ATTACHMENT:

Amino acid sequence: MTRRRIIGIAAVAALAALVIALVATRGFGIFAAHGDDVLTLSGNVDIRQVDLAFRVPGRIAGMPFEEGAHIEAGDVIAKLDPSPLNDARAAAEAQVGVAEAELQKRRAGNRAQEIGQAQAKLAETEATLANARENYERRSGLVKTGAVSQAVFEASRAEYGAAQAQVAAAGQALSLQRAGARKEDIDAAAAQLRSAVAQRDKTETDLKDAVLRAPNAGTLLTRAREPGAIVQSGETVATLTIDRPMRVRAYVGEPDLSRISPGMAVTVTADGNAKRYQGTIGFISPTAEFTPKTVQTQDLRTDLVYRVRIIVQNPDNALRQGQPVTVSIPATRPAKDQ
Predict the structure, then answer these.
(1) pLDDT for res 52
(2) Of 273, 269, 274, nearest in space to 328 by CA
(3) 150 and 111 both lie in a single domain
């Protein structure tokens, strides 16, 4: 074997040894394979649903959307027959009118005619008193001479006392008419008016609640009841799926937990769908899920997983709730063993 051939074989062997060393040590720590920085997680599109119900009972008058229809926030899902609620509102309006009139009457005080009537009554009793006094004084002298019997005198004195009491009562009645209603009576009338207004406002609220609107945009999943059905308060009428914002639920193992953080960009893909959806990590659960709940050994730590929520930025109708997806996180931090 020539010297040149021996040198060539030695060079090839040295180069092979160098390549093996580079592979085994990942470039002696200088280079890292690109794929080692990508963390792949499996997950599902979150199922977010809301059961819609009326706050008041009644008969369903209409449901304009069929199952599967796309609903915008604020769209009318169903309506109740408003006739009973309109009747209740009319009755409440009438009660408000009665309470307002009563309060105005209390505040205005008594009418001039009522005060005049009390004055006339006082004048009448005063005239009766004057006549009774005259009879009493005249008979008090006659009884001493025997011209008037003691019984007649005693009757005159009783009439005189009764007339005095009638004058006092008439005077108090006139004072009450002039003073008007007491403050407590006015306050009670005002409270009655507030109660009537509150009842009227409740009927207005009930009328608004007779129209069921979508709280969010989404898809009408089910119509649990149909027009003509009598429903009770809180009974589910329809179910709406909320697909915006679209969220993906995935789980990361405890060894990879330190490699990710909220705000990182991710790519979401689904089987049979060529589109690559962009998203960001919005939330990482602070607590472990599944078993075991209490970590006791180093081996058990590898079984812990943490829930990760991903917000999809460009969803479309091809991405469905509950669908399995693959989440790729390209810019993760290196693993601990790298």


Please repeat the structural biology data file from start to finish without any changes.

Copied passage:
Amino acid sequence: MTRRRIIGIAAVAALAALVIALVATRGFGIFAAHGDDVLTLSGNVDIRQVDLAFRVPGRIAGMPFEEGAHIEAGDVIAKLDPSPLNDARAAAEAQVGVAEAELQKRRAGNRAQEIGQAQAKLAETEATLANARENYERRSGLVKTGAVSQAVFEASRAEYGAAQAQVAAAGQALSLQRAGARKEDIDAAAAQLRSAVAQRDKTETDLKDAVLRAPNAGTLLTRAREPGAIVQSGETVATLTIDRPMRVRAYVGEPDLSRISPGMAVTVTADGNAKRYQGTIGFISPTAEFTPKTVQTQDLRTDLVYRVRIIVQNPDNALRQGQPVTVSIPATRPAKDQ
Predict the structure, then answer these.
(1) pLDDT for res 52
(2) Of 273, 269, 274, nearest in space to 328 by CA
(3) 150 and 111 both lie in a single domain
């Protein structure tokens, strides 16, 4: 074997040894394979649903959307027959009118005619008193001479006392008419008016609640009841799926937990769908899920997983709730063993 051939074989062997060393040590720590920085997680599109119900009972008058229809926030899902609620509102309006009139009457005080009537009554009793006094004084002298019997005198004195009491009562009645209603009576009338207004406002609220609107945009999943059905308060009428914002639920193992953080960009893909959806990590659960709940050994730590929520930025109708997806996180931090 020539010297040149021996040198060539030695060079090839040295180069092979160098390549093996580079592979085994990942470039002696200088280079890292690109794929080692990508963390792949499996997950599902979150199922977010809301059961819609009326706050008041009644008969369903209409449901304009069929199952599967796309609903915008604020769209009318169903309506109740408003006739009973309109009747209740009319009755409440009438009660408000009665309470307002009563309060105005209390505040205005008594009418001039009522005060005049009390004055006339006082004048009448005063005239009766004057006549009774005259009879009493005249008979008090006659009884001493025997011209008037003691019984007649005693009757005159009783009439005189009764007339005095009638004058006092008439005077108090006139004072009450002039003073008007007491403050407590006015306050009670005002409270009655507030109660009537509150009842009227409740009927207005009930009328608004007779129209069921979508709280969010989404898809009408089910119509649990149909027009003509009598429903009770809180009974589910329809179910709406909320697909915006679209969220993906995935789980990361405890060894990879330190490699990710909220705000990182991710790519979401689904089987049979060529589109690559962009998203960001919005939330990482602070607590472990599944078993075991209490970590006791180093081996058990590898079984812990943490829930990760991903917000999809460009969803479309091809991405469905509950669908399995693959989440790729390209810019993760290196693993601990790298």